Your Digital Legacy – Part 1. Paper Lasts

When King John signed the Magna Carta at Runnymede in 1215, copies were made and distributed throughout the land so that all could be made aware of the new legal order. Nearly 800 years later four of those original paper copies are still in existence.

Most families have photo albums of past generations around the place and it’s not uncommon to have photos dating back maybe a hundred years. Photos exist right back to the first Daguerreotype photographs taken in the 1830s.

In a digital world you need to store your images. This is probably the biggest single unsolved issue in digital photography. Unlike film though, a lot of people never actually print any of their images and keep them on computers or storage drives that only they know about.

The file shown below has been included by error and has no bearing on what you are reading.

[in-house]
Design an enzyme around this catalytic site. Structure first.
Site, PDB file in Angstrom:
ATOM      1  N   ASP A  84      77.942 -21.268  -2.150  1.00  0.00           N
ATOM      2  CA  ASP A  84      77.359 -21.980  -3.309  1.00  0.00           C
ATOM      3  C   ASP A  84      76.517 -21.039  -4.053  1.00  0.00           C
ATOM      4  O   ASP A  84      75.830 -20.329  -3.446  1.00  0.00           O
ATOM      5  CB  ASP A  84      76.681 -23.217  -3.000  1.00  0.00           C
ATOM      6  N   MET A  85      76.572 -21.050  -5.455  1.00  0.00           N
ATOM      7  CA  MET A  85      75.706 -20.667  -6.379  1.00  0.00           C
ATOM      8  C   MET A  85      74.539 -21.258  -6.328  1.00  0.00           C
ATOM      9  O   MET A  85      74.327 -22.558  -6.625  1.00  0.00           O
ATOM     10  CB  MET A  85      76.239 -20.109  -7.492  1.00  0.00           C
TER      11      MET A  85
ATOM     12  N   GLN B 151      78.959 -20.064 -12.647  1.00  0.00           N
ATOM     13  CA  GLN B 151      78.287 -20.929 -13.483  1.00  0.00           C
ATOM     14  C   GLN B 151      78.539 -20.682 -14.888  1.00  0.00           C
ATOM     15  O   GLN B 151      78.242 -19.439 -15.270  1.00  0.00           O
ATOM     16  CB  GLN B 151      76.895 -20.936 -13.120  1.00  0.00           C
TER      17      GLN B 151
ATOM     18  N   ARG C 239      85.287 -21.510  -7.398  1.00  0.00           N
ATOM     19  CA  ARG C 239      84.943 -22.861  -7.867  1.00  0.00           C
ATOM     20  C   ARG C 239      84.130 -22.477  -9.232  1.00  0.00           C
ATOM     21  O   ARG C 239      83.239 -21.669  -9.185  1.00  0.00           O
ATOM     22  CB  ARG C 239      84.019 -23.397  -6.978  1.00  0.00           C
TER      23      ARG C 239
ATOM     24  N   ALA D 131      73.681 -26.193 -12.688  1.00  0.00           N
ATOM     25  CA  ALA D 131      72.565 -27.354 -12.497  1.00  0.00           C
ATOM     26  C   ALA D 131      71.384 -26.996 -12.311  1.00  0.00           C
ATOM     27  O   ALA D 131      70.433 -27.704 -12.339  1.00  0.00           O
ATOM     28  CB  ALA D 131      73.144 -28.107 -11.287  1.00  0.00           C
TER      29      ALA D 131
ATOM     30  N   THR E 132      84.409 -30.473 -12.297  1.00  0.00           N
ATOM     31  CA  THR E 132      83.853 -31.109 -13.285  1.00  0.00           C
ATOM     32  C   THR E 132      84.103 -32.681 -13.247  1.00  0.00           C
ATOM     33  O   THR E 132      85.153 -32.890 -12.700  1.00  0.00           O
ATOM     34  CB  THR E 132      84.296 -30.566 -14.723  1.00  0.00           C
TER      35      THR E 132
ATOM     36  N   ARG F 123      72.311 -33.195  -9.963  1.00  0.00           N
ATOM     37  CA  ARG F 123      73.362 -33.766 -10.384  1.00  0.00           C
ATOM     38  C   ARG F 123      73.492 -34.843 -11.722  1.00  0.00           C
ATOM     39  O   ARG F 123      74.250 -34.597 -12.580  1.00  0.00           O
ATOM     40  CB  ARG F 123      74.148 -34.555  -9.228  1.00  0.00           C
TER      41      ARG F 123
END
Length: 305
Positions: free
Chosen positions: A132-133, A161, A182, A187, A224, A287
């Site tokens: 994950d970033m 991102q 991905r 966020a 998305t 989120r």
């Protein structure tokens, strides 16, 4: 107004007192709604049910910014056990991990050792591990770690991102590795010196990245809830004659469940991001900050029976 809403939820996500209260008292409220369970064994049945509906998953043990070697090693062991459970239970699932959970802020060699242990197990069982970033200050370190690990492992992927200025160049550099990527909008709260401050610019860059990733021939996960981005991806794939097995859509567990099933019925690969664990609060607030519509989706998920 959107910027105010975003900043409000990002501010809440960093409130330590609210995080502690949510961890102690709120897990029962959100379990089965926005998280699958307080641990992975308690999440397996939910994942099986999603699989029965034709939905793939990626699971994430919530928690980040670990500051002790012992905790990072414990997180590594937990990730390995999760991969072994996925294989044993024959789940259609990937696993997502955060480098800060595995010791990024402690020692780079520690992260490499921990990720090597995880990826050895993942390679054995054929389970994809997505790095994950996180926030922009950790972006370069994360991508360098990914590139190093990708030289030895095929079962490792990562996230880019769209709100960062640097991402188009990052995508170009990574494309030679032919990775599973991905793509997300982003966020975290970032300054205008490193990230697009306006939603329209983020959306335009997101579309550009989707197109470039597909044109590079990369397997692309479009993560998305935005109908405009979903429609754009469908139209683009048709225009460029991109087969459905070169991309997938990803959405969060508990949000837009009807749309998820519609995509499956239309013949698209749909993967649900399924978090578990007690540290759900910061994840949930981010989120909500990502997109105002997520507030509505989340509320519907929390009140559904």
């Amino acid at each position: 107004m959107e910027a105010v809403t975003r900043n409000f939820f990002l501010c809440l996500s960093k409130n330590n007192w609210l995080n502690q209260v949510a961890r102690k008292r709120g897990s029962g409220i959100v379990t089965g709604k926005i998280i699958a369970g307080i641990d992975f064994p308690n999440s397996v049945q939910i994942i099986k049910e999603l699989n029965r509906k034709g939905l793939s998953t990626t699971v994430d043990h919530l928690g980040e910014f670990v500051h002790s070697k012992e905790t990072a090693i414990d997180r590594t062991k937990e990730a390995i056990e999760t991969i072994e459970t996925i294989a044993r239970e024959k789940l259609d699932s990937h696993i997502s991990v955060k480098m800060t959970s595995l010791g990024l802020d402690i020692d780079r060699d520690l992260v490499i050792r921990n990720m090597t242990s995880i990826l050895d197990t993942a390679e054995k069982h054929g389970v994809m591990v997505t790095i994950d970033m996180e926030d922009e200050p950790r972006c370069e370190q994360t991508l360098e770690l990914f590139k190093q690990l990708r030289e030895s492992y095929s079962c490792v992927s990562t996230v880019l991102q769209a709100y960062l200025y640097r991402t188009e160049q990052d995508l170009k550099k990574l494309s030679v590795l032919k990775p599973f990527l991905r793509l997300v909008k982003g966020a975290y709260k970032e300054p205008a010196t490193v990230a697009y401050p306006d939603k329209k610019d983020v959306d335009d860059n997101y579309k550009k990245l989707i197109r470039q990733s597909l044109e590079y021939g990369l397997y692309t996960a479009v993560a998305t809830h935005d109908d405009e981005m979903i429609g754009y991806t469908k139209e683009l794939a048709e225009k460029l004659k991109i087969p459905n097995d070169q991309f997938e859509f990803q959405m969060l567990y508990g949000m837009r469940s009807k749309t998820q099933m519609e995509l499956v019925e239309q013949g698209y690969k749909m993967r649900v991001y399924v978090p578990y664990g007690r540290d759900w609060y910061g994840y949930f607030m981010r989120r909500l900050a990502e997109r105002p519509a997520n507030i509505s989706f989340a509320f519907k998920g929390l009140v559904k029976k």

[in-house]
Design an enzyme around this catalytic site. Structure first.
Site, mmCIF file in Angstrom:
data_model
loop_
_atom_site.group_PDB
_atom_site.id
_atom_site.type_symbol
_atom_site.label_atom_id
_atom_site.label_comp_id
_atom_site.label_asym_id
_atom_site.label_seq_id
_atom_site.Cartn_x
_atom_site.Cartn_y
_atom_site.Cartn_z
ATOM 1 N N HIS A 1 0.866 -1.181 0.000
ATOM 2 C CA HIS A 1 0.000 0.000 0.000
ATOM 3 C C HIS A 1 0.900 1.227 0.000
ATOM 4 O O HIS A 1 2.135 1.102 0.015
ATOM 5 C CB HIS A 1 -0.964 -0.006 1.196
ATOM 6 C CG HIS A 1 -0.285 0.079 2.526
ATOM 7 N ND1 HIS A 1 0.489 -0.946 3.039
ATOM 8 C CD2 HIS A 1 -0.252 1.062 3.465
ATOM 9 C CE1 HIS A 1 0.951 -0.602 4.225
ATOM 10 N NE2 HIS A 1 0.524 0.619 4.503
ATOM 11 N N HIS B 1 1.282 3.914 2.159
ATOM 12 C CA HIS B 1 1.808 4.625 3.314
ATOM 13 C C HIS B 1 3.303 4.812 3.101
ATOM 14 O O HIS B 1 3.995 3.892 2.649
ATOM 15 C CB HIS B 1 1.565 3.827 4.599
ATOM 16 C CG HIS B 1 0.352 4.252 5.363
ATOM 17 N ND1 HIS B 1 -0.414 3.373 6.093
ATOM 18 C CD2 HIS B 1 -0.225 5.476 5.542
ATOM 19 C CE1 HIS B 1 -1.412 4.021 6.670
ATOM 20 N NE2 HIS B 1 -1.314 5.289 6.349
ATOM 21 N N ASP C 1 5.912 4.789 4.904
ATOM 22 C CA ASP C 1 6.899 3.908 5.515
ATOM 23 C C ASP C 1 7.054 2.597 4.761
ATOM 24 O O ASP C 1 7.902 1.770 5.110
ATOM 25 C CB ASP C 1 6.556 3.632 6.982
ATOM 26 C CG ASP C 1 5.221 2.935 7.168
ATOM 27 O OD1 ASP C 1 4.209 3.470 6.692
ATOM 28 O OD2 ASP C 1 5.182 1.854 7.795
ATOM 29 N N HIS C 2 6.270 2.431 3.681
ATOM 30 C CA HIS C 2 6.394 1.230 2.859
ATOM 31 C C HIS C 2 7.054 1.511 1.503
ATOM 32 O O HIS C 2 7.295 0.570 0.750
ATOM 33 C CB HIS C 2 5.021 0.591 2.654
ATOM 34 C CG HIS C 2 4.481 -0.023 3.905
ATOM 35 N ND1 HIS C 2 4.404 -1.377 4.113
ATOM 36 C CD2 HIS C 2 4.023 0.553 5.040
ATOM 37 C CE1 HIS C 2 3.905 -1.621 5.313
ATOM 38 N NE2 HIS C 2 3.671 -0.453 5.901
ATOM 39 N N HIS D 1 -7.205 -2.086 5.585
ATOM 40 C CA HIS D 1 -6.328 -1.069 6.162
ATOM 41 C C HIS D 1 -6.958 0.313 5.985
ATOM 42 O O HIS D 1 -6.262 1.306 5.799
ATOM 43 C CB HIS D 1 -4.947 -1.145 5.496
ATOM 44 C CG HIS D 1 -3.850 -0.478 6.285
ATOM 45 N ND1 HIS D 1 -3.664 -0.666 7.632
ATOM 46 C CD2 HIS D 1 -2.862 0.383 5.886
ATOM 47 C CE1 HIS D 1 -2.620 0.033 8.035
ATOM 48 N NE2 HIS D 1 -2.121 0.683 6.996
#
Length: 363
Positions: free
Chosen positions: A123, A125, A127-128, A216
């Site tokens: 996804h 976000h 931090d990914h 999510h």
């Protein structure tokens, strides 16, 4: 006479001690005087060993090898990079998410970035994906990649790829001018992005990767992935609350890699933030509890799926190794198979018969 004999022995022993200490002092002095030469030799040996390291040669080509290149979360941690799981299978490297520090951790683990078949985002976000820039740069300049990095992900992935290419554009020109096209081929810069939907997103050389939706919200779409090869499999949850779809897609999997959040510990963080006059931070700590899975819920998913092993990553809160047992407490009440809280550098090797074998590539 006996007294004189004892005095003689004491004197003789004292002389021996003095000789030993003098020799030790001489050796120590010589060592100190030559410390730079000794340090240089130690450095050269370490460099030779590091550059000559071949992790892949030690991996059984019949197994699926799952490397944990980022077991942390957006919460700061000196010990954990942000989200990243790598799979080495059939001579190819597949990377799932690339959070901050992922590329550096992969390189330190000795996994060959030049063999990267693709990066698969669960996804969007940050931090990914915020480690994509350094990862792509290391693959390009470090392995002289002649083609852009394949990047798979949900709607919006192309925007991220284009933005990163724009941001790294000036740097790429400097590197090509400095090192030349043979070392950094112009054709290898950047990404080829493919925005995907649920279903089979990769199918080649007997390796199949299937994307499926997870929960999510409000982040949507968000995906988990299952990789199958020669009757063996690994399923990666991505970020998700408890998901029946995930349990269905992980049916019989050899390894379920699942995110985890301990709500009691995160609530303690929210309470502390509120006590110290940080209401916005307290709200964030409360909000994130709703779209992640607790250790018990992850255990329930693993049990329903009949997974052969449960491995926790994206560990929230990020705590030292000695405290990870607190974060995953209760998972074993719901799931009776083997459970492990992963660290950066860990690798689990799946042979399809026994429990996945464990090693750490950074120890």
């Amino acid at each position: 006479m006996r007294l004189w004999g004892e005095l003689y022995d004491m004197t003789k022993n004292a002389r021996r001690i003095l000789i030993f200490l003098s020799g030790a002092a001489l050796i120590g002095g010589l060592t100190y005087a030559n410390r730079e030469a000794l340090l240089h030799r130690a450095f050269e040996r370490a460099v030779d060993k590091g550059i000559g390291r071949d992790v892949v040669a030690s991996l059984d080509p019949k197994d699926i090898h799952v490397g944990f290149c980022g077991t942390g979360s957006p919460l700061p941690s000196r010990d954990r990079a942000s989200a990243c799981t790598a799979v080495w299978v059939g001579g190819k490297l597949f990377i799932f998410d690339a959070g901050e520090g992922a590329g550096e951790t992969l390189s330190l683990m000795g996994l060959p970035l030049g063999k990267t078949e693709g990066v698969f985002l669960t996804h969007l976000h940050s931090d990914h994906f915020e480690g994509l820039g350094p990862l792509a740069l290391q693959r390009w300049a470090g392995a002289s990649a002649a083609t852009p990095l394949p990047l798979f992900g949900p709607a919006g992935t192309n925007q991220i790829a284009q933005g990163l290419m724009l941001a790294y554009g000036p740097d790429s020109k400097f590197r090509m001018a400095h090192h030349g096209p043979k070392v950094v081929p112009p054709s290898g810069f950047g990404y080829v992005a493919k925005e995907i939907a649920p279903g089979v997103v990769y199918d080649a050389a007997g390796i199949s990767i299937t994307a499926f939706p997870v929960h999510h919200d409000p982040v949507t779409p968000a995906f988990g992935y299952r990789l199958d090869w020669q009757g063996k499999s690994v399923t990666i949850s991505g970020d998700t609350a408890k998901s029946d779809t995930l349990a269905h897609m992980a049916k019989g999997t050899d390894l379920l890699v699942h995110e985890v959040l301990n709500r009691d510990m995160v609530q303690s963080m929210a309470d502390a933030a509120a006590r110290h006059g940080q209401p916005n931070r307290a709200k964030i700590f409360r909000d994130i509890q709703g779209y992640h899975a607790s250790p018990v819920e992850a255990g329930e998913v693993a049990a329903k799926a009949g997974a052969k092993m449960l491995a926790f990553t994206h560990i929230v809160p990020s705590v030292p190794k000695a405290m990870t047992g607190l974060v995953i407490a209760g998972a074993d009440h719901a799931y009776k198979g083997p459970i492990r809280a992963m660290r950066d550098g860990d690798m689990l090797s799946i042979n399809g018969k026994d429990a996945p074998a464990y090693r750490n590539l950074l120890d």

One day when you are gone and someone is sorting through your things and they hold up that hard drive of your life’s work in photography, will they know what it is or the password to access it or will they be even able to plug it in to any computer that exists at the time.

Everyone knows what a photo album looks like and even if they didn’t, they could work it out in 10 seconds. Other than being lost through fire or a bitter relationship, an album could last forever. Your digital photography legacy however could become landfill.

MORAL 1. Print or make photo books of some of your best work.

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